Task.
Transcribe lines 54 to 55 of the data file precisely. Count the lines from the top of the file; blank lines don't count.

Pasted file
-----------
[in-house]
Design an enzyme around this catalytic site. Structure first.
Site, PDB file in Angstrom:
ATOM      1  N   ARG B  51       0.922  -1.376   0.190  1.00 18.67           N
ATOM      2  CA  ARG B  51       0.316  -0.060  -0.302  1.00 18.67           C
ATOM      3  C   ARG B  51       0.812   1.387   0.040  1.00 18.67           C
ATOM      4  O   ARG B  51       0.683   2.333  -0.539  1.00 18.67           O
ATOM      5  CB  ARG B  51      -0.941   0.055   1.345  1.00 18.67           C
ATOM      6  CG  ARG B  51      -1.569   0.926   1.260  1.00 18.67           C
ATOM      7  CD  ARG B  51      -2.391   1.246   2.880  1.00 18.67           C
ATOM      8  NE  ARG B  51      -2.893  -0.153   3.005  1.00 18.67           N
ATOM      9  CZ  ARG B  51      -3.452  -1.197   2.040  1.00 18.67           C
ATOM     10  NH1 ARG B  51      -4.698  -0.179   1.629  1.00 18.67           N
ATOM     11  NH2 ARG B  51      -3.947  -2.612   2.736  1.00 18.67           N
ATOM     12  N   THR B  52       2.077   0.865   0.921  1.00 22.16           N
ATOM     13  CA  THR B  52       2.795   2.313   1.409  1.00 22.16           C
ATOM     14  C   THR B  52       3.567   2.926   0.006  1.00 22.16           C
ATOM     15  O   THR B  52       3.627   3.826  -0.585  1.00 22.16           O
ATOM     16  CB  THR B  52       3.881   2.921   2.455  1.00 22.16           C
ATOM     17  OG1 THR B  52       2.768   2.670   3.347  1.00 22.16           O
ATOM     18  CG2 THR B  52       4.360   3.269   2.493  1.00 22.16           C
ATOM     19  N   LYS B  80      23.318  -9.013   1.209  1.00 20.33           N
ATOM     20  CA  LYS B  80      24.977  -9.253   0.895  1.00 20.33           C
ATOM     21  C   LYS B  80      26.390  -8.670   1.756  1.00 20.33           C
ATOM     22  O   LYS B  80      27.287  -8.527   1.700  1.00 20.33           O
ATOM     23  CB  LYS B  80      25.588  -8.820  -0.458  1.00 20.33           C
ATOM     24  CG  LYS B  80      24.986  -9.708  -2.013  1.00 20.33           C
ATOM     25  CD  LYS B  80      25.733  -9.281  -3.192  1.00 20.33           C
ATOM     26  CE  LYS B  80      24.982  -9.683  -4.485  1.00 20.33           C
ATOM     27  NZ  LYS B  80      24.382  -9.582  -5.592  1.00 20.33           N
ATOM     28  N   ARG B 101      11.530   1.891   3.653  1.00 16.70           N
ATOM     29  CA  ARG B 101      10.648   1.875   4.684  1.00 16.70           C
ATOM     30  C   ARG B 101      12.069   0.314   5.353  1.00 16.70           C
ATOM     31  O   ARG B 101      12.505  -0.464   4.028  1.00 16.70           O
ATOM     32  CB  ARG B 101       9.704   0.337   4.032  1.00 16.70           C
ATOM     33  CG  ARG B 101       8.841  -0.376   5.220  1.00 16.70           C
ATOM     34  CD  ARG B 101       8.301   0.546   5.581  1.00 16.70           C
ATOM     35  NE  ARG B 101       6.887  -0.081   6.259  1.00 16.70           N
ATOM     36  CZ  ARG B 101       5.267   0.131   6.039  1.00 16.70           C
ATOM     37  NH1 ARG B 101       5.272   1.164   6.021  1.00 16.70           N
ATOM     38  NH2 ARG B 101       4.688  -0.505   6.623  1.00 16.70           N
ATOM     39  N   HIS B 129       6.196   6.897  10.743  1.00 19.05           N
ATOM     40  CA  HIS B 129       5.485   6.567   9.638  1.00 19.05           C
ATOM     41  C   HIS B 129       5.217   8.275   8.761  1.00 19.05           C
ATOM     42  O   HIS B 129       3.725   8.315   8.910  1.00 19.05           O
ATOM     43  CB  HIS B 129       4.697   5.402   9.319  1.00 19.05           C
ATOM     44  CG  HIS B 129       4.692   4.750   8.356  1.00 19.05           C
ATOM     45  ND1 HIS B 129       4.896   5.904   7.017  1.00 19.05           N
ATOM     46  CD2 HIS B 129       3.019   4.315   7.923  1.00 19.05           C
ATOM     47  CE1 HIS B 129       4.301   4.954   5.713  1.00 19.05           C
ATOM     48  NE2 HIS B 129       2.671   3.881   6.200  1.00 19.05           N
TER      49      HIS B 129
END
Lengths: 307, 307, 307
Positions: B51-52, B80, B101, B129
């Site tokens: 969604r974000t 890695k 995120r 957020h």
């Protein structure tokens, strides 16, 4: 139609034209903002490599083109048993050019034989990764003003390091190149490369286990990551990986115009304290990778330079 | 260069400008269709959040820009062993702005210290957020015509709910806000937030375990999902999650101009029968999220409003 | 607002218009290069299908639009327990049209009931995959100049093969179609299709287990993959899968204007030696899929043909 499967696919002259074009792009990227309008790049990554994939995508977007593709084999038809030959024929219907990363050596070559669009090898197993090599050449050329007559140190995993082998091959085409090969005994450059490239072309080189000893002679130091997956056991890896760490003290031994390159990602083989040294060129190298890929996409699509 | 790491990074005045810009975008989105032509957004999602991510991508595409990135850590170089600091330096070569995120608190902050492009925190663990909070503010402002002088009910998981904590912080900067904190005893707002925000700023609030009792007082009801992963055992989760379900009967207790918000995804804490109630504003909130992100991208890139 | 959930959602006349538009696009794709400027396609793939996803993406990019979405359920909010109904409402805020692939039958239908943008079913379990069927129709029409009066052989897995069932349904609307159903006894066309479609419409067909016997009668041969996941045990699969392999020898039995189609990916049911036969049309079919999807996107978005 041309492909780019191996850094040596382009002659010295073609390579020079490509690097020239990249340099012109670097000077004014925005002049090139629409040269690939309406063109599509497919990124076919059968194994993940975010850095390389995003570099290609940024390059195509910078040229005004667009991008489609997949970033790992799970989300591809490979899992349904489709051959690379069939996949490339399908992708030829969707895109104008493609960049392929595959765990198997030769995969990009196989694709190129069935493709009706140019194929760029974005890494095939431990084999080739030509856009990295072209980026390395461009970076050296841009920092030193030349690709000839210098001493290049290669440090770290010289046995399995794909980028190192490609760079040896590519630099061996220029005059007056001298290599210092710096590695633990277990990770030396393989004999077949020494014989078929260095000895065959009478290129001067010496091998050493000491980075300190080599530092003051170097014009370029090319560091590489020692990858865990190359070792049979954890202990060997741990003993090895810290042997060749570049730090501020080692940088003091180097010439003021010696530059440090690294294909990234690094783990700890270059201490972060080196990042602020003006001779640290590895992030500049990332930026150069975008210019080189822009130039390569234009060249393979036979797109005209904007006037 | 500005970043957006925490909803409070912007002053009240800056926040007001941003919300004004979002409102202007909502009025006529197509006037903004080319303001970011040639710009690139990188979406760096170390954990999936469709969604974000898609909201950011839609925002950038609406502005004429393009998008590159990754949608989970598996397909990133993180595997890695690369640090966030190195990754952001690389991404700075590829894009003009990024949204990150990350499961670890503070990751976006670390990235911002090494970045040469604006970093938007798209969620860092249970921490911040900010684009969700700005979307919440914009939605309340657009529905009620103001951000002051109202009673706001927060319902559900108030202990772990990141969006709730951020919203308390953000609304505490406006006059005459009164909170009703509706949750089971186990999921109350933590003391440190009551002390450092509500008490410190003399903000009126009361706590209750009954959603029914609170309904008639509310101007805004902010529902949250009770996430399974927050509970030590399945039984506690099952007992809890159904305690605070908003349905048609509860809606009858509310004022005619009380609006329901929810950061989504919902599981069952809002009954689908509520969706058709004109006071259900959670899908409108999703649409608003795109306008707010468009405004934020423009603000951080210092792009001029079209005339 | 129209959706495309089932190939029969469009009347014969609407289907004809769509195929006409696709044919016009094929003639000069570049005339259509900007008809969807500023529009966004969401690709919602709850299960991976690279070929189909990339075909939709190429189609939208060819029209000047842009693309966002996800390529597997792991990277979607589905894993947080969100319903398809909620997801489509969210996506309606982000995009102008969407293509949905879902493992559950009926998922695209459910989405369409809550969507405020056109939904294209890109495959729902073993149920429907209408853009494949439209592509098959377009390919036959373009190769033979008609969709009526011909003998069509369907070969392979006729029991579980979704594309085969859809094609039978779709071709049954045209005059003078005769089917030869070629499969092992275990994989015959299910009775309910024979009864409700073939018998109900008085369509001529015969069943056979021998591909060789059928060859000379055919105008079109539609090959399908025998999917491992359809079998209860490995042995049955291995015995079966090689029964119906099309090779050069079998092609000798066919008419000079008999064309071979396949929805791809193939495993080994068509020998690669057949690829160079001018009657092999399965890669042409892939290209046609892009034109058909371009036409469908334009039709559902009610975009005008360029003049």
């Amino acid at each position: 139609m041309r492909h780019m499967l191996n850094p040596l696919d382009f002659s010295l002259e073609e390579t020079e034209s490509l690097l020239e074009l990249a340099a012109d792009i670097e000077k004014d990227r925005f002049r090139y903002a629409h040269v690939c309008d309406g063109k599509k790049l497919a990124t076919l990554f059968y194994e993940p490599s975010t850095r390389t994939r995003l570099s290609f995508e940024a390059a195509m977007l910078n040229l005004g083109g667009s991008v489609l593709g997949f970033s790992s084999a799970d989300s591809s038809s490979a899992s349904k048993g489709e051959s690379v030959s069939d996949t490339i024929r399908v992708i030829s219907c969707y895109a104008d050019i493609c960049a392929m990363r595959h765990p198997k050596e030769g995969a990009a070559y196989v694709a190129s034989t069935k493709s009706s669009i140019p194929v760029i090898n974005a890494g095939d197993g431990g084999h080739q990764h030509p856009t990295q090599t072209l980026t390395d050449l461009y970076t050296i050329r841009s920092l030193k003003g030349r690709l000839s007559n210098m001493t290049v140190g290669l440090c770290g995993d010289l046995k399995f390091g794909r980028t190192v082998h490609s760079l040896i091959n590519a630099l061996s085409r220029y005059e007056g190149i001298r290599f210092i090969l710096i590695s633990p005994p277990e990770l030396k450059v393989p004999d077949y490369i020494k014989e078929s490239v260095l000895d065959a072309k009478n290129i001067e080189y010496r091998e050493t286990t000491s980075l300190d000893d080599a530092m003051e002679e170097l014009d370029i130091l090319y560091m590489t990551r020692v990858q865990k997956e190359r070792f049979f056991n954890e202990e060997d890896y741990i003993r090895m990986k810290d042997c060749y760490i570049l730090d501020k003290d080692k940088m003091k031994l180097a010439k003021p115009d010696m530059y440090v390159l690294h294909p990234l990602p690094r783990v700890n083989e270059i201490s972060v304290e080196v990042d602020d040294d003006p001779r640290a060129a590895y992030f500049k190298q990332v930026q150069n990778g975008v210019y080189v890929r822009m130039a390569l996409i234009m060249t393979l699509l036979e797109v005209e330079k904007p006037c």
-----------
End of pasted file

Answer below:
Lengths: 307, 307, 307
Positions: B51-52, B80, B101, B129